Lilies, in general, are toxic and even lethal for cats — arum or calla lilies included. Arum or calla lilies also contain insoluble calcium oxalates just like other plants under the araceae family. These oxalates penetrate tissues which commonly causes mouth irritation and swelling in cats. Arum lily or calla lily poisoning requires immediate veterinary treatment as these symptoms may lead to kidney failure.
What Is An Arum Lily or Calla Lily?
Arum Lily has many common names such as calla lily, pig lily, white arum, trumpet lily, florist’s calla, and garden calla. Scientifically known as zantedeschia aethiopica, it is one of the most beautiful bulb flowers. It has large showy funnel-shaped white spadix flowers that are usually gifted as bouquets. It is native to South Africa and ideally grows in water bodies like ponds and stream banks.
Clinical Signs of Arum Lily or Calla Lily Poisoning in Cats
Arum lily poisoning in its later stages frequently results in lifelong liver and kidney damage. Get your cat to the clinic as soon as you think it may have been poisoned by ingesting, licking, or brushing up against an arum lily. Within two hours of exposure, the first signs of poisoning may appear. Here are the symptoms to look out for in your cats:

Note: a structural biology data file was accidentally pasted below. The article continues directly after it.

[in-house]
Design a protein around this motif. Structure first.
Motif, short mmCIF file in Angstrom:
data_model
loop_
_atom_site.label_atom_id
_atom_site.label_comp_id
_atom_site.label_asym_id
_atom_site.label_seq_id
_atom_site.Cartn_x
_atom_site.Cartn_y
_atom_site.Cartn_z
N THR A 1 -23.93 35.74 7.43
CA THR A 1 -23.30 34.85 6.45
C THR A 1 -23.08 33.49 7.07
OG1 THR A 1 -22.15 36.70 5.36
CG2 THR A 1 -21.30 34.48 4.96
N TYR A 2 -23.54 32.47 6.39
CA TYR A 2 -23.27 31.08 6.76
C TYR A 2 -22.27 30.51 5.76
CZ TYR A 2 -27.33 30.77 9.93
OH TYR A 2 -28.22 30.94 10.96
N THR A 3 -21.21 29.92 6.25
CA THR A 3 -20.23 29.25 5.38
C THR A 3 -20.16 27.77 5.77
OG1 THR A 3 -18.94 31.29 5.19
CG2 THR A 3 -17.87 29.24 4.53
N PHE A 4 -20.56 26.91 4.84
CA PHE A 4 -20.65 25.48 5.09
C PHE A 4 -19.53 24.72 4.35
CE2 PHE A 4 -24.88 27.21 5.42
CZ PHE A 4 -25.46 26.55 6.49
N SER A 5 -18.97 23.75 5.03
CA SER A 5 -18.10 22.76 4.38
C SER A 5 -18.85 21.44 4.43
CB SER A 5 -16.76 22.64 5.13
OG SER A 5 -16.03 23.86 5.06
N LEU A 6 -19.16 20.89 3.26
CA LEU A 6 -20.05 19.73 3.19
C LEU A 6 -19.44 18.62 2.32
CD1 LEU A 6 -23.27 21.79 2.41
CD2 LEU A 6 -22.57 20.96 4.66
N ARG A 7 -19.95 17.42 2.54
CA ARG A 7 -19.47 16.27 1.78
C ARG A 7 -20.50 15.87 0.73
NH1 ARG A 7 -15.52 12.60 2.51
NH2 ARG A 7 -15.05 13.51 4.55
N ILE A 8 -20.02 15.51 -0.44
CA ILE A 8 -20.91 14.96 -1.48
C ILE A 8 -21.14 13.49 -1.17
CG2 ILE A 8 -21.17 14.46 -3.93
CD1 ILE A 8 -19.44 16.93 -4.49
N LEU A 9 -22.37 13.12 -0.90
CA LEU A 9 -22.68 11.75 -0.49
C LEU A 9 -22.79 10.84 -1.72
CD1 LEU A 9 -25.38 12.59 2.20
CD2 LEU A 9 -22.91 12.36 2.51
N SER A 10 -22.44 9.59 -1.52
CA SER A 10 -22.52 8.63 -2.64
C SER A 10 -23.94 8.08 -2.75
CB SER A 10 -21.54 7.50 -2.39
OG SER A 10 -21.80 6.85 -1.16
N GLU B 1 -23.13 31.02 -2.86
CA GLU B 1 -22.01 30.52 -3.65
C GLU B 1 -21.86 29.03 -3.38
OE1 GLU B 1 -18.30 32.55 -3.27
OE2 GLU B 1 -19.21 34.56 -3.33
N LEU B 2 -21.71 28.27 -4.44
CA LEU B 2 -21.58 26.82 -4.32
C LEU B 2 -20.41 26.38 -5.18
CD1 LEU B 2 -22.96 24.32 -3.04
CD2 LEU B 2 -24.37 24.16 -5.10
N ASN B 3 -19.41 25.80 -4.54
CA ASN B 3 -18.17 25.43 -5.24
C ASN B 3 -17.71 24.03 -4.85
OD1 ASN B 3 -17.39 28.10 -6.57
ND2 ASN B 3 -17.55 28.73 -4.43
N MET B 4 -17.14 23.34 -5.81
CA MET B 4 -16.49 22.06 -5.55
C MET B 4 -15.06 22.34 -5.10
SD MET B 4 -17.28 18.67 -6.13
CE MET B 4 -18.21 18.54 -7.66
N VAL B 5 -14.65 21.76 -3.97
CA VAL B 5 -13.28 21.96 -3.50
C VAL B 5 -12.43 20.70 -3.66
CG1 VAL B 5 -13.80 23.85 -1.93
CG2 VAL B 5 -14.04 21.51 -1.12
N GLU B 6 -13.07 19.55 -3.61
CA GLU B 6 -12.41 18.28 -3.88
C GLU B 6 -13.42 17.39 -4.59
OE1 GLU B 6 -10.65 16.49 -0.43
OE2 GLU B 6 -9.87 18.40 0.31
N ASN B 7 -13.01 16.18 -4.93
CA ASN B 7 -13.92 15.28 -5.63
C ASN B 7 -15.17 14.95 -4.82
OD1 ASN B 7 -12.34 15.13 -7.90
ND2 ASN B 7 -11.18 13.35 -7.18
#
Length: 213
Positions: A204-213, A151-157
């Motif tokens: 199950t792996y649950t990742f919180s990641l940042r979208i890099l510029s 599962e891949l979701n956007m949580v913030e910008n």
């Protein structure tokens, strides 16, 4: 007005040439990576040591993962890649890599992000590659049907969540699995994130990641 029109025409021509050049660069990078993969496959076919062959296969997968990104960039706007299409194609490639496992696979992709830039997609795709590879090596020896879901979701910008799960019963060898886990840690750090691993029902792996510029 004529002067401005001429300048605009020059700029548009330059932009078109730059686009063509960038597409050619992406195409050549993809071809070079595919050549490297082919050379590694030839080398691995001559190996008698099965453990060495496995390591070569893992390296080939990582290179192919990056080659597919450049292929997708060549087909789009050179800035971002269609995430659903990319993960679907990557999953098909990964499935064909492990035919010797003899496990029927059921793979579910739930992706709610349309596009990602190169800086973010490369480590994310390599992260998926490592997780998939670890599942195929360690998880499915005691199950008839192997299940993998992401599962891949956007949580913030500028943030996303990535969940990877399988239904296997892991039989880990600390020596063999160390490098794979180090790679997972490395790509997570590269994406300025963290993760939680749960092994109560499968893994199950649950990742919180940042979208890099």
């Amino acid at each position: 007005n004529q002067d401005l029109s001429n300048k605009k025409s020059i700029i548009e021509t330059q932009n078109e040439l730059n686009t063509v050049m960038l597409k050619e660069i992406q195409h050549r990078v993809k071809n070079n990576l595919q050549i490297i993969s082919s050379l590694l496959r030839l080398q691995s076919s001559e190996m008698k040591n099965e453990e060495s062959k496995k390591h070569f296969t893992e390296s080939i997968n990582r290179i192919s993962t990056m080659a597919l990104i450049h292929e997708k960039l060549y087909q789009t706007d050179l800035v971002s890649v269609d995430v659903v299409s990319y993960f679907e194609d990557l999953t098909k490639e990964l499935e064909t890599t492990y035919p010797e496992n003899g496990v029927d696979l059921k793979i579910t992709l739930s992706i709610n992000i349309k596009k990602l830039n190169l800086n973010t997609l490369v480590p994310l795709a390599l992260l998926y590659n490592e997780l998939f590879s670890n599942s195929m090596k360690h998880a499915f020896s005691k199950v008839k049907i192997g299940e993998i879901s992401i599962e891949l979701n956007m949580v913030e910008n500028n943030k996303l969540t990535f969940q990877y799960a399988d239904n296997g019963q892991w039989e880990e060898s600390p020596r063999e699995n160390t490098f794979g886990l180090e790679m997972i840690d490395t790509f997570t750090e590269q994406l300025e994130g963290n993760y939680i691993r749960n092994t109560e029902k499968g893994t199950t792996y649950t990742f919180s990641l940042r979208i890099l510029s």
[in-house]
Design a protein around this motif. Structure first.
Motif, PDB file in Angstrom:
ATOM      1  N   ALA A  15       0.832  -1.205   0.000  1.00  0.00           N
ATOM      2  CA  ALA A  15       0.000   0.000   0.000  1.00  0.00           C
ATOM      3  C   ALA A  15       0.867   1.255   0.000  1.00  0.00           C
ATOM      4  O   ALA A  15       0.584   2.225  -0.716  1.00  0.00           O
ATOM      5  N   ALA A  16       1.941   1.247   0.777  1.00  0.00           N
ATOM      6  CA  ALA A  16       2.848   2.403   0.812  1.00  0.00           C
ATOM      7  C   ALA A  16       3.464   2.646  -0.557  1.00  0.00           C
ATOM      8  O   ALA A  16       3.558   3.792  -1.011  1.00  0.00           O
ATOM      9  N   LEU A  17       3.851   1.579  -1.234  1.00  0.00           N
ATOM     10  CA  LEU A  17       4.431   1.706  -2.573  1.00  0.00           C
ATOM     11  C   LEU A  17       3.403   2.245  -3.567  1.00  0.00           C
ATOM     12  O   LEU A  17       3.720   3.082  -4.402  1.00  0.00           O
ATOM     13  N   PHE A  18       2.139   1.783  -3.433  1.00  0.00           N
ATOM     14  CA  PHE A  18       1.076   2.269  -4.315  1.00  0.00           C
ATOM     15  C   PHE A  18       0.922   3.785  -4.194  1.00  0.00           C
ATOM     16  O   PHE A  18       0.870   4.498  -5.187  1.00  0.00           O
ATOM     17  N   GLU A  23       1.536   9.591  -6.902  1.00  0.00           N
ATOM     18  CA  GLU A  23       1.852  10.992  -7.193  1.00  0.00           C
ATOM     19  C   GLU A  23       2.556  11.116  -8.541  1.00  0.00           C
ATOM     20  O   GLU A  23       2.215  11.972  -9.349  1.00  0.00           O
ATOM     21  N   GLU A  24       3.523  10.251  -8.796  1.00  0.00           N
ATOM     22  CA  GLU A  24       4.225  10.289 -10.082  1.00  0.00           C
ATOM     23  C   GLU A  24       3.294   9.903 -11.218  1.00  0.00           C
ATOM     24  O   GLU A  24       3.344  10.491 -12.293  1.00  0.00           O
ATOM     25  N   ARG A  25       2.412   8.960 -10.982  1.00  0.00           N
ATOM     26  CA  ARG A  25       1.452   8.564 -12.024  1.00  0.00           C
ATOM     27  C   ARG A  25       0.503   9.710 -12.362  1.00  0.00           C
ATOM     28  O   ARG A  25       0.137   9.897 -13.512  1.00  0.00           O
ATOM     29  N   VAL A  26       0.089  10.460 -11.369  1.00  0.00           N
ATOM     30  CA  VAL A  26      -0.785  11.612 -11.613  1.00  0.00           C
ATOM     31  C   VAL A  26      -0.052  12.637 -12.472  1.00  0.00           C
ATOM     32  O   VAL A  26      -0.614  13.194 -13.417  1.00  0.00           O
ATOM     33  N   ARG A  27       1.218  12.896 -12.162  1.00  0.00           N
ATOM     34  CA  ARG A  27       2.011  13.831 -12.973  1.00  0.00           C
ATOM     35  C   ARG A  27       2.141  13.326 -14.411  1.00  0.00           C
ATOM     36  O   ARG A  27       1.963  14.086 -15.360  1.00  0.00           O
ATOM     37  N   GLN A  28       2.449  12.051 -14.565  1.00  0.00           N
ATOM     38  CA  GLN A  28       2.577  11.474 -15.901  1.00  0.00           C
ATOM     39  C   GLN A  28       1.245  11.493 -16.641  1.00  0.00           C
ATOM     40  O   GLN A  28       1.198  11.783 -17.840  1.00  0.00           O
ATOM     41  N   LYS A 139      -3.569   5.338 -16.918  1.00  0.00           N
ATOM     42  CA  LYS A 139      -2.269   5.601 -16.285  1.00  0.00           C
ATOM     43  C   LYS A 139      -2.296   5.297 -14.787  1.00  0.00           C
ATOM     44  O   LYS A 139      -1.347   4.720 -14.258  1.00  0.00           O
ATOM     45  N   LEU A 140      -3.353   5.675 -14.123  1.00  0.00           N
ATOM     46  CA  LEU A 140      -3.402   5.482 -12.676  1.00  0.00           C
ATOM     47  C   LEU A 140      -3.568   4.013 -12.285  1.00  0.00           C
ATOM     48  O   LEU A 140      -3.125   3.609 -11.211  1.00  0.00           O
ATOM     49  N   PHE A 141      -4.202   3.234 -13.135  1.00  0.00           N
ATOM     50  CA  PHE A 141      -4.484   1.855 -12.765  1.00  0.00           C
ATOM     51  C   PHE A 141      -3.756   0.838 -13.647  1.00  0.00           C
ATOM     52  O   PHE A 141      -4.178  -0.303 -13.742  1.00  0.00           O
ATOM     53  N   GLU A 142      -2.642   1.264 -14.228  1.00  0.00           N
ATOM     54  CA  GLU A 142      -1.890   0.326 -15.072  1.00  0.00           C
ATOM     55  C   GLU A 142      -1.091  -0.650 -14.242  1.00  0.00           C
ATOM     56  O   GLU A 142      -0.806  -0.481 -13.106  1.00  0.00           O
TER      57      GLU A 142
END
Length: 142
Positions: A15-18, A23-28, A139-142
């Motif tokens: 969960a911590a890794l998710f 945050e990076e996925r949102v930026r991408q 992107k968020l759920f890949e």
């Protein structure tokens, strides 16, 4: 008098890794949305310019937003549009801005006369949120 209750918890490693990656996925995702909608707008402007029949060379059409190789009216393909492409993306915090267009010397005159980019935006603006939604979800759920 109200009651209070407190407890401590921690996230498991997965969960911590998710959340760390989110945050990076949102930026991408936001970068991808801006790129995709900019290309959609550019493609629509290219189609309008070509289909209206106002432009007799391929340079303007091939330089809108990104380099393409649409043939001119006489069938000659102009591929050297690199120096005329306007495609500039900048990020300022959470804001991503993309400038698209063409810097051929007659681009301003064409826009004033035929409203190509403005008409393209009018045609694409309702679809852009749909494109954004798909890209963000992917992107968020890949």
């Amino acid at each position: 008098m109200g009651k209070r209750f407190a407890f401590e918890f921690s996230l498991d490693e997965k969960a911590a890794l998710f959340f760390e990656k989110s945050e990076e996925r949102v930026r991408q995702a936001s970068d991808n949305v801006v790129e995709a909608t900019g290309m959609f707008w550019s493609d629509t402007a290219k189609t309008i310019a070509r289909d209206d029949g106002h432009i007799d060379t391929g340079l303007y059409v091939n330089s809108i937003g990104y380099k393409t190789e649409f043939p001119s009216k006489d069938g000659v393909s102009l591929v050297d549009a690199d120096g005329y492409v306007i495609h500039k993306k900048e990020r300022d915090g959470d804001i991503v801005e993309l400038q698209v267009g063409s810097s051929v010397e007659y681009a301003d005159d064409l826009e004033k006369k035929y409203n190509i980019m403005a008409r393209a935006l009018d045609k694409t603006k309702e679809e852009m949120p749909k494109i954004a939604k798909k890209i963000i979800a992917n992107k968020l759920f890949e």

- Violent shaking of the head
- Burning sensations in and around the mouth
- Pawing at the mouth
- Swallowing problems
- Swelling and pain in the mouth and lips
- Acute inflammation of the mouth and throat
- Edema or swelling of the cat’s throat, tongue, and lips
- Excessive thirst
- Excessive urination
- Erratic pulse
- Breathing difficulties
- Loss of appetite
First Aid and Treatment of Arum Lily or Calla Lily Poisoning in Cats
The veterinarian may give medications to ease swelling of your cat’s airways and flush out remaining toxins from your cat’s stomach. Treatments to prevent kidney failure is also essential as permanent your cat is at risk of getting permanent kidney damage. Fluids will be also administered intravenously to prevent dehydration of your cat.
Your cat is at risk of having an anaphylactic reaction as a result of ingesting or being exposed to arum or calla lily thus, your cat will need to be closely monitored by a veterinarian.
Recovery from Arum Lily or Calla Lily Poisoning in Cats
Normally, cats who suffered from arum or calla lily poisoning recover within 18 to 24 hours as long as proper and immediate veterinary care was provided. Give your cat some time to fully recover as he or she regains strength at home.
Prevention of Arum Lily or Calla Lily in Cats
It is recommended for cat owners to avoid growing lilies in their yards. Discarding or giving away gifted arum or calla lilies is also a must to avoid your cat from getting exposed to them indoors.
Most importantly, familiarize yourself with lilies and other toxic plants. Check if arum or calla lilies grow in your neighborhood and take necessary precautions. You can also try to find non-toxic plants that you can grow in your cat-friendly home.
If you love plants but have cats at home, check out these lists: